Strictly speaking Alphabet Glue isn’t written as a text specifically for children – rather it’s primarily a set of craft / activity tutorials written for adults, to inspire them and their children – but given its focus on projects inspired by children’s books I felt any round up of magazines for kids would be infinitely poorer were Alphabet Glue not included.

Alphabet Glue looks very stylish (although with only a black and white printer at home, I found the magazine looked more appealing on my computer screen than when I printed it off), is advert free and certainly contains enough new and interesting crafty projects and book love to make it more than worth the $4 is costs to download (you can pay with PayPal). Two volumes are currently available and I’m looking forward to the third due out next month.

Disclosure: I received free copies of National Geographic Kids, Puffin Post and Alphabet Glue to review. My comments however reflect mine and M’s honest opinion.

18 Responses

  1. jojoebi

    we get the Nat Geo Kids mag and I have to agree with the advertising and other ‘crap’ in there, for a quality publication it really annoys me

    • Zoe

      Hi Jojoebi, Both my girls were drawn to it because of free toy and shiny look and so M has definitely read a lot because she likes how it looks, but yes, I feel uncomfortable with amount and style of advertising.

    • Zoe

      Even in Australia, it definitely is great for book loving families. Is there something similar ie magazine with a focus on books for children in the States?

  2. Library Mice

    Wow, didn’t know about Alphabet Glue, will go and investigate right now!!!
    My son has been receiving Puffin Post since it was resurrected and I have to say I enjoy it more than he does. He just loves his free book, which I guess is no bad thing!
    Regarding magazines, I despair of the poor quality of children’s magazines available in shops in this country! But there are some fab magazines available through the post: Anorak and Ploc, Okido and the Bayard magazines which originate from France. They are not cheap, but well worth investigating (

    • Zoe

      ha ha! Library Mice – I’mr eviewing Anorak, Ploc and Okido later this week… but the Bayard magazine is new to me. Off to investigate! Thankyou.

  3. choxbox

    Totally agree re Nat Geo – too busy and the ads. We’d stopped subscribing after a year. Haven’t even saved them – while we have all the Nat Geos of the last 8-9 years or so, my 6 and 11 year olds often sit with stacks of old issues.

    In fact I often find that giving a child a proper grown-up mag is a better idea, with just an article that is age-appropriate marked out for them to read. My older one used to love leafing through the Economist when she was 6, and much to my surprise actually used to read bits of it. Still does, pretty much cover to cover.

  4. Zoe

    Love that Choxbox! Just brilliant 🙂 We were encouraging M to read our paper at the weekend but she wasn’t too interested. We’ll keep trying!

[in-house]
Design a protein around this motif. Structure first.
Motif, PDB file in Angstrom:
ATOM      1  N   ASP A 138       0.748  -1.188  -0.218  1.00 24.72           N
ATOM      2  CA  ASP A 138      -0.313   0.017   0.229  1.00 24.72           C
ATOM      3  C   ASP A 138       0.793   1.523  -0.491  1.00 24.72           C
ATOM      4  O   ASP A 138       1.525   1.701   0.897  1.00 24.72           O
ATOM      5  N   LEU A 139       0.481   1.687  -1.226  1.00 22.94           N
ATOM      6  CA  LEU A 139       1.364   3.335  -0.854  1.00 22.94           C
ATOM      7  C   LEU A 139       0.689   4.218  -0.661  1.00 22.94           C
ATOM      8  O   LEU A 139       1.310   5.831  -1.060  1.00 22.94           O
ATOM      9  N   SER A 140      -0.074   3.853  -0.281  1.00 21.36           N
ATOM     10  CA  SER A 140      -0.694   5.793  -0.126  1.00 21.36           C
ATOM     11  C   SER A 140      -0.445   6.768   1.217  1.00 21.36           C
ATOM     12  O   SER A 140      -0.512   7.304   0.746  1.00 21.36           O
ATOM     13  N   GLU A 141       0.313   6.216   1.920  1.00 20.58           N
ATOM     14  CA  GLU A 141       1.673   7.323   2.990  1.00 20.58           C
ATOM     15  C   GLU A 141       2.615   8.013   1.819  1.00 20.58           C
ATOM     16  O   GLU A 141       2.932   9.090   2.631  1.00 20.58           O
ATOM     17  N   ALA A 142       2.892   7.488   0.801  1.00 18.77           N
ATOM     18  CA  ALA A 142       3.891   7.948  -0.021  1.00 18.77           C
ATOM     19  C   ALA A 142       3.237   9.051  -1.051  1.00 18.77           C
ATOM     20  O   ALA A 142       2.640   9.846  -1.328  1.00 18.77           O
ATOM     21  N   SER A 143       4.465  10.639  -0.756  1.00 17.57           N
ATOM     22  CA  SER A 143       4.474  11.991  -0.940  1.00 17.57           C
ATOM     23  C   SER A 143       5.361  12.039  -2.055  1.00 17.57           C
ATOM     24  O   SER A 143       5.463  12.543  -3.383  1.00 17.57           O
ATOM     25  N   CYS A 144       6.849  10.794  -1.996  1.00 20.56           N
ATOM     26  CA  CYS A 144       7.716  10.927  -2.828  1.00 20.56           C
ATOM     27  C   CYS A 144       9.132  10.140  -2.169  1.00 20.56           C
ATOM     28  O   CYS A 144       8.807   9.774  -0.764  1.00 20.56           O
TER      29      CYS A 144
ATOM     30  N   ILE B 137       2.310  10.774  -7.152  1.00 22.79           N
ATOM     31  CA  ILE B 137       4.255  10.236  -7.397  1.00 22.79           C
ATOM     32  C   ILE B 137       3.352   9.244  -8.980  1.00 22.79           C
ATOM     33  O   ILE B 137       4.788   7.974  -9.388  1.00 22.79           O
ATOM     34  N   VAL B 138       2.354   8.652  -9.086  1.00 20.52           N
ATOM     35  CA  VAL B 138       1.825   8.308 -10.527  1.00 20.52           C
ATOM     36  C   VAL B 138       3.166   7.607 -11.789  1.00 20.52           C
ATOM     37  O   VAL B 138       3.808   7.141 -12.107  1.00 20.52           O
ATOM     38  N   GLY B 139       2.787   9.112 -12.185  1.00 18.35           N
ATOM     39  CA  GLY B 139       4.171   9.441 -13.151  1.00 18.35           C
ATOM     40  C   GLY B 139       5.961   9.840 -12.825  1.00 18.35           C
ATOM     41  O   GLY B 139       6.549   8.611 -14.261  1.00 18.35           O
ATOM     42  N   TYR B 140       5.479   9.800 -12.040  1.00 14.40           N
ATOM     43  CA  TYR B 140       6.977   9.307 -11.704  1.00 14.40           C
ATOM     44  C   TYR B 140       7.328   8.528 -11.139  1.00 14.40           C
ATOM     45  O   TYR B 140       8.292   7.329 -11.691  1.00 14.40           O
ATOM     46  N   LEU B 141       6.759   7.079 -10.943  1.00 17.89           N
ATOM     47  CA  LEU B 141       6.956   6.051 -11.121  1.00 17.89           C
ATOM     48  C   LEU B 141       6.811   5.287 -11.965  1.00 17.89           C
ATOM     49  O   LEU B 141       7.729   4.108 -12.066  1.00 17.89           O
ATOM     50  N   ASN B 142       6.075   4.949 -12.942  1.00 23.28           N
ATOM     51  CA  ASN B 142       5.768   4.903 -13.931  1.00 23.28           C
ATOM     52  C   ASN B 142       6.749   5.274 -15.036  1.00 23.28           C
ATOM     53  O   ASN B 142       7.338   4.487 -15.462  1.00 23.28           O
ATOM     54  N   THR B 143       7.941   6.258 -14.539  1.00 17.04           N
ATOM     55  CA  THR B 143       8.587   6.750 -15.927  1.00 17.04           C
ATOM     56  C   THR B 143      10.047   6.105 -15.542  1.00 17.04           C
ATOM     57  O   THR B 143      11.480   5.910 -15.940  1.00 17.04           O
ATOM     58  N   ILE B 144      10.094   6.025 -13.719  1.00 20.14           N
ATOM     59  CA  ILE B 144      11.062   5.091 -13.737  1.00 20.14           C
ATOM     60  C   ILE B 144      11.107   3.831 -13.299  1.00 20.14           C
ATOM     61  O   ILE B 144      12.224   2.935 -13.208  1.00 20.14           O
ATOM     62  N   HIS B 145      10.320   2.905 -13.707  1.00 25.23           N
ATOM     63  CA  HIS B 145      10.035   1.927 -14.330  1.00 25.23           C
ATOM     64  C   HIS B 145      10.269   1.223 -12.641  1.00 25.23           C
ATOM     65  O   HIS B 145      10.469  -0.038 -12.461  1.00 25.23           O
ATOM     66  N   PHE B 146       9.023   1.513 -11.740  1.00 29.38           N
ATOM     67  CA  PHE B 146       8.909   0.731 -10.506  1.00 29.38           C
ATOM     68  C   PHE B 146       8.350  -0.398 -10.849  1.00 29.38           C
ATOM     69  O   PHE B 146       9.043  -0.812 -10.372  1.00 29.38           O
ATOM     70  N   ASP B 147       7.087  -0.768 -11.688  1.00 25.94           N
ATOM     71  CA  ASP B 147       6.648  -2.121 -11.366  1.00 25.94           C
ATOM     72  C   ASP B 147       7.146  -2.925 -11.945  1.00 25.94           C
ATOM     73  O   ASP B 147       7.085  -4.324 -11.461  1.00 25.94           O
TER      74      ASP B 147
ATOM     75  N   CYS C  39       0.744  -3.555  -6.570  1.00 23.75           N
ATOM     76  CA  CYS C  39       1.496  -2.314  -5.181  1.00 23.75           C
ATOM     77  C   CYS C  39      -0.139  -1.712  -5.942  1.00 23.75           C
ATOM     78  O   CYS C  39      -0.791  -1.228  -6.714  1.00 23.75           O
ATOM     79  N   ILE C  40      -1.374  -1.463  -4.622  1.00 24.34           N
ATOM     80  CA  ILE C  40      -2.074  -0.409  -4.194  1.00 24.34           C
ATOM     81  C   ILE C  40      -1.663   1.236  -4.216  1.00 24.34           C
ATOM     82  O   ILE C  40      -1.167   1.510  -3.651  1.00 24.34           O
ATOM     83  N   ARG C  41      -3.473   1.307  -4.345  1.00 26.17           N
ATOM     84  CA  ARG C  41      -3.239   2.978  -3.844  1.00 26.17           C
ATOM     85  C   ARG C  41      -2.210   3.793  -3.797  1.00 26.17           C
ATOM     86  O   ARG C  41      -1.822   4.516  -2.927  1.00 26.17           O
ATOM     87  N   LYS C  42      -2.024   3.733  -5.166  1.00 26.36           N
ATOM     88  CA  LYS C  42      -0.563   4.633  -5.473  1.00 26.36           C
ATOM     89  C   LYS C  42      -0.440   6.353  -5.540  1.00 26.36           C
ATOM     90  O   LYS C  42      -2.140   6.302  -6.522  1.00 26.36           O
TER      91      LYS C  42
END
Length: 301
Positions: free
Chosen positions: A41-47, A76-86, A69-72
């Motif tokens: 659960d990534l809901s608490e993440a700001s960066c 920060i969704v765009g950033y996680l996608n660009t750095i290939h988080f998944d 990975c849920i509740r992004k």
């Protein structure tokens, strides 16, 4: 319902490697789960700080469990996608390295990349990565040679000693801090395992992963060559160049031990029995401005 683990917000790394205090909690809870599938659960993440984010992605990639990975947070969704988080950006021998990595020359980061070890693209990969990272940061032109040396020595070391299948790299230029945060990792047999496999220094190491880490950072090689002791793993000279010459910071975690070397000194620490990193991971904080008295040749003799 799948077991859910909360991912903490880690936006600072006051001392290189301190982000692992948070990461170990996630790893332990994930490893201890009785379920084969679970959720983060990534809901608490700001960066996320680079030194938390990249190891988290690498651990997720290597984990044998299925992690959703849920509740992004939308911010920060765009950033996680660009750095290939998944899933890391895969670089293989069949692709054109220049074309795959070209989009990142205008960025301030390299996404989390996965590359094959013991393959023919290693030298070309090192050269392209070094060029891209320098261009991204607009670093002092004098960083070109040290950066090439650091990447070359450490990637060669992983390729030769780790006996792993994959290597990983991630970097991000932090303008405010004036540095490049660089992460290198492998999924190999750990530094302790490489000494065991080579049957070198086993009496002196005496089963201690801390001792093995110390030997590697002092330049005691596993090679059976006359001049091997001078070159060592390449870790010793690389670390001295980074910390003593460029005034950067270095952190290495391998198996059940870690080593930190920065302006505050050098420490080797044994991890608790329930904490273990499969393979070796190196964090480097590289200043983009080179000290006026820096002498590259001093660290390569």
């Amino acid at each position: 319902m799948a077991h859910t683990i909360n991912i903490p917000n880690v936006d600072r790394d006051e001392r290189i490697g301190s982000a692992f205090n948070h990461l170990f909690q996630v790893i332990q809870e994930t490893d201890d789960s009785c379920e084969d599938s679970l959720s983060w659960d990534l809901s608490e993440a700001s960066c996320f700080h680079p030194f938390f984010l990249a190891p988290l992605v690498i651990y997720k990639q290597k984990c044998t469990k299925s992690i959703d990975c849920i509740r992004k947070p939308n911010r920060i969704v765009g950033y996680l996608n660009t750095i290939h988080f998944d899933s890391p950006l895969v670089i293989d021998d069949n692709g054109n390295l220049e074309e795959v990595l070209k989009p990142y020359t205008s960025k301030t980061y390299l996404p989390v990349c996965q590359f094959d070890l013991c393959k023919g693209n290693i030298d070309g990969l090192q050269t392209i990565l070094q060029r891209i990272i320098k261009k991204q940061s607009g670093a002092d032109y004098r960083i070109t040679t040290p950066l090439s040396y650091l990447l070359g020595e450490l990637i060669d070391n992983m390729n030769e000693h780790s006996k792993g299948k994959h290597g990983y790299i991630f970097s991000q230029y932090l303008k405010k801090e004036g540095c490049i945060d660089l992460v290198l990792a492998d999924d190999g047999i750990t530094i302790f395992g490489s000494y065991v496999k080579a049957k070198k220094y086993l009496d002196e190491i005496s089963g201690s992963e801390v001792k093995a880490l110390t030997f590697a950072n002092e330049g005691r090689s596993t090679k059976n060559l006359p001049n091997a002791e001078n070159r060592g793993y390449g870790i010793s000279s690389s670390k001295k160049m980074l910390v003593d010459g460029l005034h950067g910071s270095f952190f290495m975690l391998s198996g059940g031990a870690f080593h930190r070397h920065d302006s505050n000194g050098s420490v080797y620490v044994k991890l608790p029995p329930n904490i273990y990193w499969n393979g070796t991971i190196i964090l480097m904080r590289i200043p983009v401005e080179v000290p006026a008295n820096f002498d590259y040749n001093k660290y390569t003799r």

5. Jen

    We love National Geographic Kids!! I recently got a subscription- actually included in my blog post today. 🙂


  6. se7en

    Cool post…We actually visited the NGKids Office in Cape Town – totally fun day!!! My kids enjoy Whip Up’s Action Pack… and we scored a huge box of Cricket, Ladybug and Spider mags at the library sale… Otherwise my older kids have loved horrible histories and horrible science… loved them!!! My daughters enjoy Felicity Wishes, each magazine has a craft, an outfit for the sweetest dolls and a career theme like journalist, baker, explorer… really great for girly girls without the whole princess slant.

  7. Zoe

    Hi Se7en, I just knew you’d have good advice on magazines! Apart from WhipUp’s one they’re all new to me, so off to explore. Thanks for all the tips.

  8. se7en

    Just came back to look at the puffin mag… It looks so cool, wish you got it over here!!! Wish, wish, wish….

  9. Caren Nichter

    I’m a children’s librarian and a “granny” (my grandchildren are ages 3 and 5) and live in the USA. My favorite “bookish” magazines for kids on this side of the pond are “Cricket” and the other offerings from Carus Publishing. My college-age daughter still loves their “Muse” magazine. I have no connection with this publisher, by the way, but simply love their magazines. (They contain no ads.)

  10. The Mad House

    I actually like the fact that we have different ideas on the NG Kids mag. I do wonder if it is due to the fact we are parents of children of the opp sex? I am keen on anything that gets my boys to read and find that they are pretty much bombarded with adverts no matter what I do. I do explain the difference to them. Maxi is a very competent, but reluctant reader. Mini on the other hand reads anything and everything. We had a trial of Bayard and Mini loved them, but again Maxi wasn’t interested.

    • Zoe

      Hi Mum in the Madhouse, yes perhaps that has something to do with it. My problem is that M is supremely sensitive when it comes to adverts. Despite talking to her about them, she’ll happily believe what they say hook line and sinker so I try to avoid them wherever possible!

  11. Trinity W

    I didn’t see anyone mention the Zoobooks magazine group. They have 3 different subscriptions (based on age) and very reasonably priced. You can check them out at

    Kids just naturally love animals so a well-made magazine with great information and photos will automatically be a winner with them. I thoroughly enjoyed the Zoobooks and would welcome your comments.